Dr. Paul Cheney Discusses TH1, TH2, the Immune System and Chronic Fatigue Syndrome Part 1

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(Editor’s Note: What follows are the first of several transcripts of an appointment that Carol Sieverling had with Dr. Cheney. Cheney discussed a broad range of subjects related to CFS. Carol has kindly decided to make the details of her discussions with Cheney publicly available, for the benefit of all CFS patients. They are republished here with her permission. Please remember to discuss all suggestions with your own healthcare provider. For further information, please contact Carol at lsieverl@flash.net)

Carol’s Note: Here are the transcripts of tapes from my October 23 & 24 appointment with Dr. Cheney. Statements in quotes are of course from Cheney; statements in parentheses are my own comments; statements not in quotes or parentheses are my own paraphrase/summary of Cheney.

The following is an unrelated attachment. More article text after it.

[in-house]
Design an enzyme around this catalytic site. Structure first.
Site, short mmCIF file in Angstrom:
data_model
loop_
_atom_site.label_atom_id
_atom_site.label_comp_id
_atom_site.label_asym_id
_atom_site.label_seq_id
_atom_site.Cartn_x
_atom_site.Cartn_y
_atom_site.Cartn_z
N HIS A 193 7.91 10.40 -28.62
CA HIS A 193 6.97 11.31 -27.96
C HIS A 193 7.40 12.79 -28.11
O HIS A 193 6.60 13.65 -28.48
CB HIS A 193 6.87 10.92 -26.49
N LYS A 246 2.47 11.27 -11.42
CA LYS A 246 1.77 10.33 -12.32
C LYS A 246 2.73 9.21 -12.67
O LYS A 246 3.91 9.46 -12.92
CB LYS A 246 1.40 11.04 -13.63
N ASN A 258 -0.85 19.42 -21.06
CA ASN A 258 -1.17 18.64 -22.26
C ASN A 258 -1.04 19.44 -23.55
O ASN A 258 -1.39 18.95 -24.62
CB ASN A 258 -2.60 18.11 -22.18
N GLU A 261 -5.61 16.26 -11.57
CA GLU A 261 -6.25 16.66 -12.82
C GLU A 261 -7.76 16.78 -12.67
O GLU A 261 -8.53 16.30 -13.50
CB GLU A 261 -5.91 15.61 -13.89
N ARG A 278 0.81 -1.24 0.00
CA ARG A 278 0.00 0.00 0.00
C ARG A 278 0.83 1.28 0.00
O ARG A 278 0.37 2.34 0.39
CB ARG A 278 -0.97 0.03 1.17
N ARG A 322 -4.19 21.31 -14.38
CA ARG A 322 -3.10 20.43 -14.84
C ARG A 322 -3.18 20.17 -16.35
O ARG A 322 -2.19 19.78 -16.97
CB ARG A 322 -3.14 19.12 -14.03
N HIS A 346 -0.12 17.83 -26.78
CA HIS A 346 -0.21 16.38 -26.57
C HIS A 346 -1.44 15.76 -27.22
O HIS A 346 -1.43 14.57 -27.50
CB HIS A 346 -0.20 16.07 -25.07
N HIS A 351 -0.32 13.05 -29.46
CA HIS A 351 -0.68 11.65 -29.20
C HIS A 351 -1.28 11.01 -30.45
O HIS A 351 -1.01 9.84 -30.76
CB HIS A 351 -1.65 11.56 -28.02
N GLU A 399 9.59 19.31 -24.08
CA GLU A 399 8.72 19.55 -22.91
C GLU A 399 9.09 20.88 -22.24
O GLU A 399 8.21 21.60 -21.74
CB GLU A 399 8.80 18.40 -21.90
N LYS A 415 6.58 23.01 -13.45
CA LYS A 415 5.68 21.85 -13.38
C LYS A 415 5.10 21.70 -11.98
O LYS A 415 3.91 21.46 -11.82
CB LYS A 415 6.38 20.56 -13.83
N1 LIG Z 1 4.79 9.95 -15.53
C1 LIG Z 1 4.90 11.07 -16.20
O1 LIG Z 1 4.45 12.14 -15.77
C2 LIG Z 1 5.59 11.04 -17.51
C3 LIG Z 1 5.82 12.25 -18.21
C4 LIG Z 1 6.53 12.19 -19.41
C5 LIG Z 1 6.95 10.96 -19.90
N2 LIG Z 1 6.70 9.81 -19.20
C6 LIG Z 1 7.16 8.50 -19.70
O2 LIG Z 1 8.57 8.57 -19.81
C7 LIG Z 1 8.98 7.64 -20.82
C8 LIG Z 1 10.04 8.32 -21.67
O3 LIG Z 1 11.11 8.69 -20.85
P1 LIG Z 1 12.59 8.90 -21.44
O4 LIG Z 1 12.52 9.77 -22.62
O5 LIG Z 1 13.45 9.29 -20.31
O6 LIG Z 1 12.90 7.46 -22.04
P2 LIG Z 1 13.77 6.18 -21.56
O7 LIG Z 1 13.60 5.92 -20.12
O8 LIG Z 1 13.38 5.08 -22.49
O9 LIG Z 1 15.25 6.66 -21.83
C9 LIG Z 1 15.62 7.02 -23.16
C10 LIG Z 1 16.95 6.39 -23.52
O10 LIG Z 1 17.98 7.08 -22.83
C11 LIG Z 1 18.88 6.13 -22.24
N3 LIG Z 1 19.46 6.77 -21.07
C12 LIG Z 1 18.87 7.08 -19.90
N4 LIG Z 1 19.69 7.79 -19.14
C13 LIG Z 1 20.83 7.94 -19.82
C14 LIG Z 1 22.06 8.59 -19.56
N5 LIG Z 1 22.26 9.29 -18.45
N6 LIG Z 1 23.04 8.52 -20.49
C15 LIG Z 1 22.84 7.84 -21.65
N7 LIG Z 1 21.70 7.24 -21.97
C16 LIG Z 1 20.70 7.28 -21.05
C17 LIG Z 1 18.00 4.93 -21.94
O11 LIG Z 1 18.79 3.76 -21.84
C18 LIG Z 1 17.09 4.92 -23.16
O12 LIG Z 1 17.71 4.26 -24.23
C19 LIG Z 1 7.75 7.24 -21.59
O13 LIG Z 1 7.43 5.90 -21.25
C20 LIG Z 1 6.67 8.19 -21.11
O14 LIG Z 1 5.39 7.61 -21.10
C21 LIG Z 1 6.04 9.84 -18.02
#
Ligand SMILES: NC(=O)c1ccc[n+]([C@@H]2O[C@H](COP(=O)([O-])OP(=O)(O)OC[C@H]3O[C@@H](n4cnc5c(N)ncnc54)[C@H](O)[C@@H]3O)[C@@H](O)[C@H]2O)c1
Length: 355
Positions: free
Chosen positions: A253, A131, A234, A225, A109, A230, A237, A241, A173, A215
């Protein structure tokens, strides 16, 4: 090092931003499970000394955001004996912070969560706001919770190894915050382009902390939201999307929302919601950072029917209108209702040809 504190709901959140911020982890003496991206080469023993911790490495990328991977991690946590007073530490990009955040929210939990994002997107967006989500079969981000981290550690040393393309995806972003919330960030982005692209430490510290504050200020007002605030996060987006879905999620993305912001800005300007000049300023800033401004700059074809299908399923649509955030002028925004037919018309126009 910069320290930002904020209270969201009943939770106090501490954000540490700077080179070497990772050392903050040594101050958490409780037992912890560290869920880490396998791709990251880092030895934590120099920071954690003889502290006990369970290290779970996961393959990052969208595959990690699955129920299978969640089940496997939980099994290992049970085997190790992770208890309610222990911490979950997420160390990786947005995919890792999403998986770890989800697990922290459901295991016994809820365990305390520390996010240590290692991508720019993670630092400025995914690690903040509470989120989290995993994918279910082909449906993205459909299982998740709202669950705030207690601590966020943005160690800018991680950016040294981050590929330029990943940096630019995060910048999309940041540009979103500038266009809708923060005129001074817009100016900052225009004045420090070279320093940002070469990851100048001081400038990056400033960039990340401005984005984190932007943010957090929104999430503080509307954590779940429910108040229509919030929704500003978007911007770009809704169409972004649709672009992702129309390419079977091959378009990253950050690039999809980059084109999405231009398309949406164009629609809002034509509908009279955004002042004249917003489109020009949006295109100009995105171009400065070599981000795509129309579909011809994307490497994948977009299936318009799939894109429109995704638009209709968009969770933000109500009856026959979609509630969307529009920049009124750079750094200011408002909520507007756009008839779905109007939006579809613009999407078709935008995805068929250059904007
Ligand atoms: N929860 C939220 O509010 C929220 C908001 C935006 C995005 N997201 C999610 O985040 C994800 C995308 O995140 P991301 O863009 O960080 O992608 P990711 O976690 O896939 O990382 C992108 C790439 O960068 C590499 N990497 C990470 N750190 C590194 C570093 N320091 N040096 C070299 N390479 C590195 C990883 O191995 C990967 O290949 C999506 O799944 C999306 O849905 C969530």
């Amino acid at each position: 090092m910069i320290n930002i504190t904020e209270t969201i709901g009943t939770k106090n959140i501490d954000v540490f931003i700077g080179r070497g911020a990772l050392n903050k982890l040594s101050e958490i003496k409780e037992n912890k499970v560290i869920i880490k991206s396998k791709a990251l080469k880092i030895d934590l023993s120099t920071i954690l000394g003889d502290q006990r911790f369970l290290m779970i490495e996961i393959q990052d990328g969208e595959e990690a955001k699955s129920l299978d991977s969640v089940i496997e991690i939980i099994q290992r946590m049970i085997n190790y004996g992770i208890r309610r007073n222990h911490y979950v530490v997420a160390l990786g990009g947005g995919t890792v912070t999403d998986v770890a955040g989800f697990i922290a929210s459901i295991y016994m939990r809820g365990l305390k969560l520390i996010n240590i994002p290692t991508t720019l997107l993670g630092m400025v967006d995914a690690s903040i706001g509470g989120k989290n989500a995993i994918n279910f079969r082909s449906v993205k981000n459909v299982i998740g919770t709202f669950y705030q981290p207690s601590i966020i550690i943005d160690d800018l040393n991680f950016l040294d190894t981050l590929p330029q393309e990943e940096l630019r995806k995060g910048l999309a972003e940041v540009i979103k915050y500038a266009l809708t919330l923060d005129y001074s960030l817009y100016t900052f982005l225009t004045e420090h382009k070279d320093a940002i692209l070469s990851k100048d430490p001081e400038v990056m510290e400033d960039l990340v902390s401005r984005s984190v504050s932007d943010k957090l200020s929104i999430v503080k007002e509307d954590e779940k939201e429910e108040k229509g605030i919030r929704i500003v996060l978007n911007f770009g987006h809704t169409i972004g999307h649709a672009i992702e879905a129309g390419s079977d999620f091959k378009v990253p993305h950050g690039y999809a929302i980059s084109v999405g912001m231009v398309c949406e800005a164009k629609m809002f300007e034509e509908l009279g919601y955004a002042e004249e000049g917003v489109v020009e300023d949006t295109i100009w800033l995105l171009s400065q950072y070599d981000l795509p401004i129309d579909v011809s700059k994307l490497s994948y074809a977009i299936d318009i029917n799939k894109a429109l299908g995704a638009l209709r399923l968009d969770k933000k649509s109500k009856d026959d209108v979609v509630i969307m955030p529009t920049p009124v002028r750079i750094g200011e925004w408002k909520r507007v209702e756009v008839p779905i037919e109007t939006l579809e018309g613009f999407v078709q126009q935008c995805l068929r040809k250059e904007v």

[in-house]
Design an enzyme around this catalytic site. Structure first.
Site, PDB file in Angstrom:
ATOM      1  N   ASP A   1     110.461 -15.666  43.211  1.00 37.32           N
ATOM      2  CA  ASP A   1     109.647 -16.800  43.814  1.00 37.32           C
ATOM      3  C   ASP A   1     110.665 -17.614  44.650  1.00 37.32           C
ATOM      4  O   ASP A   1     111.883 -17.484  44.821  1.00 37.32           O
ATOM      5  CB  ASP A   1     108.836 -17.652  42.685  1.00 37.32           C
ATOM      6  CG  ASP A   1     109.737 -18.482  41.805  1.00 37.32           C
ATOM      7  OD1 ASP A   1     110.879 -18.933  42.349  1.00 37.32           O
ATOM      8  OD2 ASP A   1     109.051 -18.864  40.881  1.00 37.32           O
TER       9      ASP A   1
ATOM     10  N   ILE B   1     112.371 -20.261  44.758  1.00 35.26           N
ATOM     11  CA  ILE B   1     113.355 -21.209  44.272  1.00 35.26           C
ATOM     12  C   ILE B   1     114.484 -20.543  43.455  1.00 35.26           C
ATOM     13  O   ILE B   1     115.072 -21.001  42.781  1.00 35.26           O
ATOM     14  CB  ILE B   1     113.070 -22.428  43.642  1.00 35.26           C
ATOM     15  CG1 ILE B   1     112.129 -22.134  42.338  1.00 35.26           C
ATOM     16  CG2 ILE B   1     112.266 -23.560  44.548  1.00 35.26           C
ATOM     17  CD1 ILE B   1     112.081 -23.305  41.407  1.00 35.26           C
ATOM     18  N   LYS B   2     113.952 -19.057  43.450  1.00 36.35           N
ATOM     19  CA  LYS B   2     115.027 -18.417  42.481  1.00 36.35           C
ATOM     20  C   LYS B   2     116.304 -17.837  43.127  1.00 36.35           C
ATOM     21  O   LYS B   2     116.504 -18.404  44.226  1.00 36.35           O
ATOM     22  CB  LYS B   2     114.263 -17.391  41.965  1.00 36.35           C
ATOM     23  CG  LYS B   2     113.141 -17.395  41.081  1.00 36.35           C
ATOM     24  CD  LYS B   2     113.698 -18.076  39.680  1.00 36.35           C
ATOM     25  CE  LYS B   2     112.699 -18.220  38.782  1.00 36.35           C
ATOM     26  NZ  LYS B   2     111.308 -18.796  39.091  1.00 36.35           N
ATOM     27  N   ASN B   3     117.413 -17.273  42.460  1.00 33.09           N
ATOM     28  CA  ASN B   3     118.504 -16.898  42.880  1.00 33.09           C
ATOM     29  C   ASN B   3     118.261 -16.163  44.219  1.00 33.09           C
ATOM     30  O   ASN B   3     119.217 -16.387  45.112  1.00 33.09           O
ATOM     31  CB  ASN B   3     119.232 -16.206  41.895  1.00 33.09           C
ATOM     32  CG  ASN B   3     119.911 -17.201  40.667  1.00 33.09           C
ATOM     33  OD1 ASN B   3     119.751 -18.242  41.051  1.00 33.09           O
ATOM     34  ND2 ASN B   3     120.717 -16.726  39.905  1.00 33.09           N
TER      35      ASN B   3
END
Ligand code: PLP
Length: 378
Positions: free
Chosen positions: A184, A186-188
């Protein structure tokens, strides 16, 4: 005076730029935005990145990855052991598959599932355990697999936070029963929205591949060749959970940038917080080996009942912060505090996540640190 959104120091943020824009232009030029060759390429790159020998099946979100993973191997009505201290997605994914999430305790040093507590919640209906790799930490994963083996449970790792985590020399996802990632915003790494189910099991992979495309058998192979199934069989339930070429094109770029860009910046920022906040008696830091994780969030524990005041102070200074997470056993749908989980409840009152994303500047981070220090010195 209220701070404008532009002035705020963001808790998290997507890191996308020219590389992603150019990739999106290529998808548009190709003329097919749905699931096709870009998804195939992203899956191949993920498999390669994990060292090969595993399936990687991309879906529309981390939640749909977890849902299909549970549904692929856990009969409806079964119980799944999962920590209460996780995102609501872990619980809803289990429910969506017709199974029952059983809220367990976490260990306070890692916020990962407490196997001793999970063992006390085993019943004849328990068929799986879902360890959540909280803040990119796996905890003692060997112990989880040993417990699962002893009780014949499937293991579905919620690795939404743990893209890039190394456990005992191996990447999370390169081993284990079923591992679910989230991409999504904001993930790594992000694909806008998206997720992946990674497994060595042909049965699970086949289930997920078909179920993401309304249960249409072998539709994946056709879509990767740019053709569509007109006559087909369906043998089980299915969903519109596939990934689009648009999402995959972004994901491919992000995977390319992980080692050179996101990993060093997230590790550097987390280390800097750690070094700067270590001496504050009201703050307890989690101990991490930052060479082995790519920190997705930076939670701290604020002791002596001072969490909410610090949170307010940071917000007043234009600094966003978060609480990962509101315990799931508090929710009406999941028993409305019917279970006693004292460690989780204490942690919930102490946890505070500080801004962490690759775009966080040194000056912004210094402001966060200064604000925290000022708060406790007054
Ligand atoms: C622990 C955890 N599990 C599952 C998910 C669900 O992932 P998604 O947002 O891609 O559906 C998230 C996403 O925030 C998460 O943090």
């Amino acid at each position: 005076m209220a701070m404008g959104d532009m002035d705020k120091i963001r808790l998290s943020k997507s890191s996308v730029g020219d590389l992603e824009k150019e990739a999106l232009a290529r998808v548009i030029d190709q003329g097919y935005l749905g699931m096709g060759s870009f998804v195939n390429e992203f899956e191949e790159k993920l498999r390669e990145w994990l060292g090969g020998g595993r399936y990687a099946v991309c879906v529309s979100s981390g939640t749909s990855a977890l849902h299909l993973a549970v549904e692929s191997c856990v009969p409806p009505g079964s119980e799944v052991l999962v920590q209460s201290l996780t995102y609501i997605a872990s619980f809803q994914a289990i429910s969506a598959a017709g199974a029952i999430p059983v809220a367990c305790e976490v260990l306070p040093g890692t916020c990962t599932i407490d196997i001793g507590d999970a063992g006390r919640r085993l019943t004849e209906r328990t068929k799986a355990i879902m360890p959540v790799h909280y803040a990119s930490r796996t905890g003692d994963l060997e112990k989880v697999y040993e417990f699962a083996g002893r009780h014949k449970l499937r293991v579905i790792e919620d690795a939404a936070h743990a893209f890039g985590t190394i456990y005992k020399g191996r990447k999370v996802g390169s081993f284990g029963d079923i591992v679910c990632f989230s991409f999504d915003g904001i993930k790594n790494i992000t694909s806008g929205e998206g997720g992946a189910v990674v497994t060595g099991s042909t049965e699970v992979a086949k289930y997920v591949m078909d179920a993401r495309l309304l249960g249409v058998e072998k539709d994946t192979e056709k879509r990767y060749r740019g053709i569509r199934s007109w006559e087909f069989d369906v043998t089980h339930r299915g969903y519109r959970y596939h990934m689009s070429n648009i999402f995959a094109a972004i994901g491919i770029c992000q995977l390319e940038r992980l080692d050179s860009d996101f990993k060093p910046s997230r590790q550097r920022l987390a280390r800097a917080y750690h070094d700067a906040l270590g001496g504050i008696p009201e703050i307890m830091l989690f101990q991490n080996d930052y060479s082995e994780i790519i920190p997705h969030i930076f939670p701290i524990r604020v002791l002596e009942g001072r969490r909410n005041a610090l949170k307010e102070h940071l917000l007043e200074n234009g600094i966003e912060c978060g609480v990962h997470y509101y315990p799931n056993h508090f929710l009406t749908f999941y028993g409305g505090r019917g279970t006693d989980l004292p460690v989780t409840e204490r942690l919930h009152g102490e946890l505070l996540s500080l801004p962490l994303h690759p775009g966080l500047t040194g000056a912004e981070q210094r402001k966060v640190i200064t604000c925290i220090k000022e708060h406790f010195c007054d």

Please bear with the somewhat technical beginning and hang in there – it lays the foundation for some very, very important topics.

Cheney TH1/TH2 – Part I: the two modes of the immune system


The immune system seems to have two different modes of attack, based on the type of invader. One is called TH1, the other TH2. (The numbers are supposed to be in subscript.) As I reflect on my notes, I think Cheney implies that a healthy person’s immune system should be dynamic – meaning it should be able to switch back and forth as the situation demands, or do some of both simultaneously. Nancy Klimas and other researchers have clearly demonstrated that most CFIDS patients end up stuck in TH2 mode. We are TH2 activated.

CFS Patients are TH2 Activated

How that happens, what its implications are, and how to treat it are some of the things Cheney addresses. Cheney began with a diagram. On the top half of a page he drew an inverted “V”. At the top of it is “TH0”. (TH with zero as a subscript.) The left line ends in an arrow pointing at “TH1”, and the right one points at “TH2”. The arrow on the right is thicker and darker, indicating that CFIDS patients are TH2 activated. “TH0 are the naive cells of the immune system, mostly harbored in the lymph nodes. They are naive, just resting, waiting for something to happen, ‘Waiting for Godot’ (Cheney humor for the literate!).